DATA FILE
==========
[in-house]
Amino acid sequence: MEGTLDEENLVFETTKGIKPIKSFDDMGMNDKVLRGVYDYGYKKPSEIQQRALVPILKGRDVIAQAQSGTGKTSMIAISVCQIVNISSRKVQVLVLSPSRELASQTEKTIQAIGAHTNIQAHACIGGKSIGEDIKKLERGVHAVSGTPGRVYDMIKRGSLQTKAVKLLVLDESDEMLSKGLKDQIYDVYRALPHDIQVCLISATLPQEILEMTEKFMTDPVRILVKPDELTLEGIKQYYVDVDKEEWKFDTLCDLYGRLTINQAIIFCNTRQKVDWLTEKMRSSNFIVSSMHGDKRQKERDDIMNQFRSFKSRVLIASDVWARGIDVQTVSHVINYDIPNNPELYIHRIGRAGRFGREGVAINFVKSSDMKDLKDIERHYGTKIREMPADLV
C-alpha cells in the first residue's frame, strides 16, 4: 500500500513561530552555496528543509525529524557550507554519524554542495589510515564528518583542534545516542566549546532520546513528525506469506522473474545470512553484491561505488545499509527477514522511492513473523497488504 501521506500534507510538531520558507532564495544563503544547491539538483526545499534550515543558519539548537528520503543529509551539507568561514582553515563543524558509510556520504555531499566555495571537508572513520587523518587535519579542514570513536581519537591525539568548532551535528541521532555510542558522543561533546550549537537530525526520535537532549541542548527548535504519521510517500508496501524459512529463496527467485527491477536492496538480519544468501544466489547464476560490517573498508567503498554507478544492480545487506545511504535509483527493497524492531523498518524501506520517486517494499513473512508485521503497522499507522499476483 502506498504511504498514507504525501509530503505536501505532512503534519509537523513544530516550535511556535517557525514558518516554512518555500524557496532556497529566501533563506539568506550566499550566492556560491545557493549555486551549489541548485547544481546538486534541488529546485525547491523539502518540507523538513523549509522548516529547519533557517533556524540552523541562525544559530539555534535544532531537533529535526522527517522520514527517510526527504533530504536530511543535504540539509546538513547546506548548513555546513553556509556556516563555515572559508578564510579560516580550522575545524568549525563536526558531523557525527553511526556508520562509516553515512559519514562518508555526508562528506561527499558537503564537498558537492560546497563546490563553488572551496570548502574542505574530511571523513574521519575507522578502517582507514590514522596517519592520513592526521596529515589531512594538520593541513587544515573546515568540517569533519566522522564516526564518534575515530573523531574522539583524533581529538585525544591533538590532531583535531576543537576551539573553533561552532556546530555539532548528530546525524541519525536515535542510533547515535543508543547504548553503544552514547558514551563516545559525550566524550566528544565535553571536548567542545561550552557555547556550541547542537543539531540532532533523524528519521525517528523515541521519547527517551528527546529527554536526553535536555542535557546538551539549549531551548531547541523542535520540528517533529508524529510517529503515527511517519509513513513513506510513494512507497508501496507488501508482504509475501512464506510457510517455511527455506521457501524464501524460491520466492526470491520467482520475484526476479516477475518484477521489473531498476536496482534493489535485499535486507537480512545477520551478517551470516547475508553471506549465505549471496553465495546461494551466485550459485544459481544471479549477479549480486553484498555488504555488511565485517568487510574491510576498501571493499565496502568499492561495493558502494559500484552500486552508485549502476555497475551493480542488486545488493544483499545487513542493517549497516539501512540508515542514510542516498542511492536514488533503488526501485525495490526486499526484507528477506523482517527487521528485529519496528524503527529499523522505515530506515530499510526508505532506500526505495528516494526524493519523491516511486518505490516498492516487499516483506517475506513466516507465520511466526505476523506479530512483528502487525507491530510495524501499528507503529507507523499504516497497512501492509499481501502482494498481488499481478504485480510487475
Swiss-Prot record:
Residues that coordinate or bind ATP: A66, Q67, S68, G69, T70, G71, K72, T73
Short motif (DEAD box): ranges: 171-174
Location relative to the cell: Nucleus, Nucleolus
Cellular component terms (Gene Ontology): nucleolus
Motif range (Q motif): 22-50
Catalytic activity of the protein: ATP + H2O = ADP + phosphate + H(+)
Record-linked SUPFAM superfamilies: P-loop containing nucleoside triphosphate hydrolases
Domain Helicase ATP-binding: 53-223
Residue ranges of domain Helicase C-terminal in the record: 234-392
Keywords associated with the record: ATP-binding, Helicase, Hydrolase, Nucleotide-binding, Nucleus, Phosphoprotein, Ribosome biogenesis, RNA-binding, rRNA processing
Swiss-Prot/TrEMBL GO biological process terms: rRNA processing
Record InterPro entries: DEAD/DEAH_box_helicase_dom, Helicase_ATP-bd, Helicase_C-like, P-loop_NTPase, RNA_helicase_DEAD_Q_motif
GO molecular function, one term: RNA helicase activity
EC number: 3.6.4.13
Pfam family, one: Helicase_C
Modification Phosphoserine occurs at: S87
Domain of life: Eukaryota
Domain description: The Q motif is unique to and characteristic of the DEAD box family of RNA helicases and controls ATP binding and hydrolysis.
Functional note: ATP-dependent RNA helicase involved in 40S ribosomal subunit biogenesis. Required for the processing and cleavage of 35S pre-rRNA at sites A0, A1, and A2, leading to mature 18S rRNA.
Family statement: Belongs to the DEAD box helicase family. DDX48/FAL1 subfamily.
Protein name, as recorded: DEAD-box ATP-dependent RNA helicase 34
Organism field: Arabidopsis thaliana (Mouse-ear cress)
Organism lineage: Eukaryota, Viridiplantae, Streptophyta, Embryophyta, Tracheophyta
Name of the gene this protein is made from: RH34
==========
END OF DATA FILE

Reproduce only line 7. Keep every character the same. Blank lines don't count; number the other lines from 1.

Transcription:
Location relative to the cell: Nucleus, Nucleolus